This was the second gig I’ve seen, that was hosted by The Moonlight Gathering, and they seem to be pretty good at giving new bands a chance to play with Brighton’s top or top-er dogs. On the last night of May, they brought together four bands to perform live at The Prince Albert. It’s a sweet little venue, friendly to young bands without much of a following, as it never feels as empty as… I don’t know… Bleach does.
Soul Of A Leader
Prince Albert, the friendly venue (and apparently also a form of male genital piercing), looked packed beyond the powers of an architectural illusion. The band’s self-description is pretty spot on and their sound seemed like a combination of psych-rock and 90’s brit pop if you replaced the 60’s-top-40 influence with a malevolent douse of underground inspirations and more recent developments in the genre. Soul Of A Leader have written some energetic songs and even though their vocal arrangements seem unfocused at times, the quality peeks through. These guys should have no trouble filling rooms in the future.
Tokyo Tea Room
Bands with female singers have an unfair advantage, usually. The higher register of a female voice can pierce through a loud performance without necessarily sounding like screaming, which allows Tokyo Tea Room to achieve a powerful dynamic between their grungy, at times almost aggressive instrumental backing and the calmly musing vocals at the top. Despite musical prowess, audiences usually look to vocals for a human connection to anything that might be happening instrumentally, which is arguably Tokyo Tea Room’s biggest strength. In case you missed the gig, watch their latest video and you’ll know what I mean.
First of all, what a name. I thought I was the last person on earth to still use the word ‘rad’ and when I was 7 I had an Adidas backpack, so for all we know I could have invented that name, not them. However, if you like two-pieces and vocals with reverb louder than a fighter jet, RADIDAS is the band for you. The unique selling point of this dreamy duo is their combination of loud and almost noisy rock, shoe-gaze sensibilities; and a little bit of sampling and other inspirations from electronic music. Although the instrumental background sometimes lost sight of the line between effect and substance, it was still a pretty unusual sound to hear from a two-piece and I’d like to see where it’s going.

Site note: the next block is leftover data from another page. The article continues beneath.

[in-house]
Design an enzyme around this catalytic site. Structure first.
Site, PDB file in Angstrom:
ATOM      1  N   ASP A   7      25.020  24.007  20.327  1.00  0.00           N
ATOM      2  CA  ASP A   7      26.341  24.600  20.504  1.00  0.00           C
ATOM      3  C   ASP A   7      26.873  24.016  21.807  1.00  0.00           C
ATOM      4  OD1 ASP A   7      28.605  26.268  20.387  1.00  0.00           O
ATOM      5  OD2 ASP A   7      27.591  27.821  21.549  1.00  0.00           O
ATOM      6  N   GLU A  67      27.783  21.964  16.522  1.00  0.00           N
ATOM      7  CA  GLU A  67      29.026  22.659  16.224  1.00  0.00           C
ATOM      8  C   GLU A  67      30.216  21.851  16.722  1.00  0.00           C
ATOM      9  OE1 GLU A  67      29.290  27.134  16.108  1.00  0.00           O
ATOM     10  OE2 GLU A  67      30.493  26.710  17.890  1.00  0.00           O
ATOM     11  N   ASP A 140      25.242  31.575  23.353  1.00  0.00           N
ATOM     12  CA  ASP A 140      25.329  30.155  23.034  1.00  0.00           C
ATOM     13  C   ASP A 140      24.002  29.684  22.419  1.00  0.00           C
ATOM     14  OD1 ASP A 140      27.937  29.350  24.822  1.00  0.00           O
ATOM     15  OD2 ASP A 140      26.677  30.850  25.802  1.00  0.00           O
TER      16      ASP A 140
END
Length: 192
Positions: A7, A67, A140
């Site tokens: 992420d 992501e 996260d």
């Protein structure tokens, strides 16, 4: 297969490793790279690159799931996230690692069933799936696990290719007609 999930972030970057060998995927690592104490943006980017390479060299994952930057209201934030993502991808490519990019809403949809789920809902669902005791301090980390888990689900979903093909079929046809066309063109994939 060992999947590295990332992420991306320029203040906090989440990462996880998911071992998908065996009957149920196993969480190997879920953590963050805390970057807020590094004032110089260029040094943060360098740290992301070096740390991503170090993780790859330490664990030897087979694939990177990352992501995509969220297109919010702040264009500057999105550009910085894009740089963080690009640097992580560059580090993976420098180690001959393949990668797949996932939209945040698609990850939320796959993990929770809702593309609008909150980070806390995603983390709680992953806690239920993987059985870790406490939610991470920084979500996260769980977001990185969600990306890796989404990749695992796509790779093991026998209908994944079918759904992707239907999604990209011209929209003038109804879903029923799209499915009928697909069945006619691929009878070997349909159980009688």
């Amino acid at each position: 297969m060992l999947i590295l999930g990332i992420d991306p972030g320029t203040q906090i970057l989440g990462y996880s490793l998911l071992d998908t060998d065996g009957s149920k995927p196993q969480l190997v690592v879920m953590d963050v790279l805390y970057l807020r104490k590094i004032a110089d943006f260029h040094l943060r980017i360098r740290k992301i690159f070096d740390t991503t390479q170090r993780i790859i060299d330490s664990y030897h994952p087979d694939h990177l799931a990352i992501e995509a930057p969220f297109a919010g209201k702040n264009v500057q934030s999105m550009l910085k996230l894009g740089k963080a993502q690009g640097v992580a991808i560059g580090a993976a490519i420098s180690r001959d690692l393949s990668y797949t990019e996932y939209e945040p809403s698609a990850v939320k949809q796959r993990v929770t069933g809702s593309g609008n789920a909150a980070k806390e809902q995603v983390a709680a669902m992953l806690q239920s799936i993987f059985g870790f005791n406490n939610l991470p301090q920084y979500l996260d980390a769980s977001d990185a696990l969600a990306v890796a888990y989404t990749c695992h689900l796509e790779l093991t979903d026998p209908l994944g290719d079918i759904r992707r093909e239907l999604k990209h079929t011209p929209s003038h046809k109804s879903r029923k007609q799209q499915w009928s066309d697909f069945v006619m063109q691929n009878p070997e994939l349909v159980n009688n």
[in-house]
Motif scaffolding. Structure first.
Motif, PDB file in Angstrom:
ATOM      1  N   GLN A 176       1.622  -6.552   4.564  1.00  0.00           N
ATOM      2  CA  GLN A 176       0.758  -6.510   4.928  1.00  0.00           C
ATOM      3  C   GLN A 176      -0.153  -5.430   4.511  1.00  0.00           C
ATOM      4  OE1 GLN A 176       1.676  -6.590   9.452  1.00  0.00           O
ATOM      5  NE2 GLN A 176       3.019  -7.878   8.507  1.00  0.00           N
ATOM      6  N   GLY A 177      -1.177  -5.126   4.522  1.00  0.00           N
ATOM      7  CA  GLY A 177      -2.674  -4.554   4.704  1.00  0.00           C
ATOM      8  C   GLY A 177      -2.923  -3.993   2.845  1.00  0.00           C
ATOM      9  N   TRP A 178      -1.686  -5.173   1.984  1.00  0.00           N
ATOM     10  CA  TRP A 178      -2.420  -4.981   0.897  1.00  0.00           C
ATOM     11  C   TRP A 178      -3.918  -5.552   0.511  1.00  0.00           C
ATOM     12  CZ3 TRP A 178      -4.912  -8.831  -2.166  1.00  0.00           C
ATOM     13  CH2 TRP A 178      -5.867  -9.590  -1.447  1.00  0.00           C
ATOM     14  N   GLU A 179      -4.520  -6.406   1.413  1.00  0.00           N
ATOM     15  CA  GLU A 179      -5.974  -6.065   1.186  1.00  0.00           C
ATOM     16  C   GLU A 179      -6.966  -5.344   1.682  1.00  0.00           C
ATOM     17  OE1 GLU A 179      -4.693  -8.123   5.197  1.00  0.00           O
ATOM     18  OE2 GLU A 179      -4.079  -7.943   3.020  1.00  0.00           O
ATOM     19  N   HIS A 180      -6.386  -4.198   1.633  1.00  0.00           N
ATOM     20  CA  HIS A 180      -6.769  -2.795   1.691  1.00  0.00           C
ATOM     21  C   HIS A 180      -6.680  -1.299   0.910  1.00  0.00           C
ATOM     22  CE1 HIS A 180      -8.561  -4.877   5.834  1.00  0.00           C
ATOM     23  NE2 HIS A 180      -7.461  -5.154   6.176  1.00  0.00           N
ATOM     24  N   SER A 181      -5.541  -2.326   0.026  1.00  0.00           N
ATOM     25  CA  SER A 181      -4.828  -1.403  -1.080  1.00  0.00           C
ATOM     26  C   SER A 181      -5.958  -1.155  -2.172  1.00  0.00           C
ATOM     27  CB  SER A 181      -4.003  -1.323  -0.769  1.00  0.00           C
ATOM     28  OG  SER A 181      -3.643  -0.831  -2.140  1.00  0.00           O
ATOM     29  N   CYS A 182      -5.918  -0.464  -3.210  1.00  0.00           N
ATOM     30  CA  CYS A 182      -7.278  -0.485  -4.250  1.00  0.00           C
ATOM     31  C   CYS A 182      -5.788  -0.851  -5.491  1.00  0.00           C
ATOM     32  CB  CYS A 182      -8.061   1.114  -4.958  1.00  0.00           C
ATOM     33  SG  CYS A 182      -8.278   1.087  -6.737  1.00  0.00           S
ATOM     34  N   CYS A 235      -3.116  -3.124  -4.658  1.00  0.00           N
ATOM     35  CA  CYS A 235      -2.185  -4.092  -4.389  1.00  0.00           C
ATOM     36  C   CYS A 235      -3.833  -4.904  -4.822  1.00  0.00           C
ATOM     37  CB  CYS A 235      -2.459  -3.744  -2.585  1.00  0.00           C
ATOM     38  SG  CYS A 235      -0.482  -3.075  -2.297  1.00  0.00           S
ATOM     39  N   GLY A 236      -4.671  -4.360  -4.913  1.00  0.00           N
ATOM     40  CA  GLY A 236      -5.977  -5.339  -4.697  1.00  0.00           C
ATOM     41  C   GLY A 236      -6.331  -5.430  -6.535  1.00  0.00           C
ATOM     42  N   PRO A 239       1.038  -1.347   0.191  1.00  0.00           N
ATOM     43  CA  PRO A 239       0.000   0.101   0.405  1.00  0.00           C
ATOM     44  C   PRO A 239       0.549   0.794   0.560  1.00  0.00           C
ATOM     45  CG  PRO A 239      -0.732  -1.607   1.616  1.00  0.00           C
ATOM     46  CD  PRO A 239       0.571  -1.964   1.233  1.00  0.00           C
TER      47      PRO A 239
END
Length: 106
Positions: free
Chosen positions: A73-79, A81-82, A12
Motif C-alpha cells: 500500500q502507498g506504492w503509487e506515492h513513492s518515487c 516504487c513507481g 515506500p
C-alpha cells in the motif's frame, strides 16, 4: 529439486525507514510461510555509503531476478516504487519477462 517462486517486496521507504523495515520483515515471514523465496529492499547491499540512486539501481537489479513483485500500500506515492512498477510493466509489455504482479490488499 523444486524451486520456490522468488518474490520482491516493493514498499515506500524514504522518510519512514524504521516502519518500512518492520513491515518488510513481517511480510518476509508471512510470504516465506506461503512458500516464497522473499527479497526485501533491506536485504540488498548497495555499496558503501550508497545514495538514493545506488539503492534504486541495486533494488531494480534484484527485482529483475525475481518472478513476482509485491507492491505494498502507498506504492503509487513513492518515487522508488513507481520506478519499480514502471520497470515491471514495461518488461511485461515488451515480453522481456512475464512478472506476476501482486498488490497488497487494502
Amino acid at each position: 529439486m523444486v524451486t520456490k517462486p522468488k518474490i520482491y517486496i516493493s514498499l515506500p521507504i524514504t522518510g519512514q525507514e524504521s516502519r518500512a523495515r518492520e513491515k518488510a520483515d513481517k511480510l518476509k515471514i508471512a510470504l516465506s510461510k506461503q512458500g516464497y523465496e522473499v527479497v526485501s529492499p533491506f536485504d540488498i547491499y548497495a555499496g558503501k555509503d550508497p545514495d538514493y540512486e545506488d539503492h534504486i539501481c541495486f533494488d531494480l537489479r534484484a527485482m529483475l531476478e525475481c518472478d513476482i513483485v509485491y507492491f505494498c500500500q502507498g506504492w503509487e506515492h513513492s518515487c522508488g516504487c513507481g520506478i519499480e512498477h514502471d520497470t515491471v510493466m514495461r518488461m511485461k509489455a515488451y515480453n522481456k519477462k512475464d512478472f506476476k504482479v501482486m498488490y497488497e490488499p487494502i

This was quite obviously the most experienced band of the night. Their music attempts to evoke the same sort of uneasiness and emotional discomfort that you’d expect from classics in the post-rock genre. Not quite Slint but not quite Tortoise either, Burning House teeter on the edge between no-future noisy angst and near-silent droning melancholy, losing balance every now and then, as the night progresses. Apart from all of this (most of which had been said before anyway), I also heard some heavy borrowing from mid-2000’s emo (so not emo’s proudest moment). I’m not sure if my ears are ready to incorporate that era into today’s musical intertextuality, but I like how daring it is of Burning House to try. Listen to the song and hear for yourselves!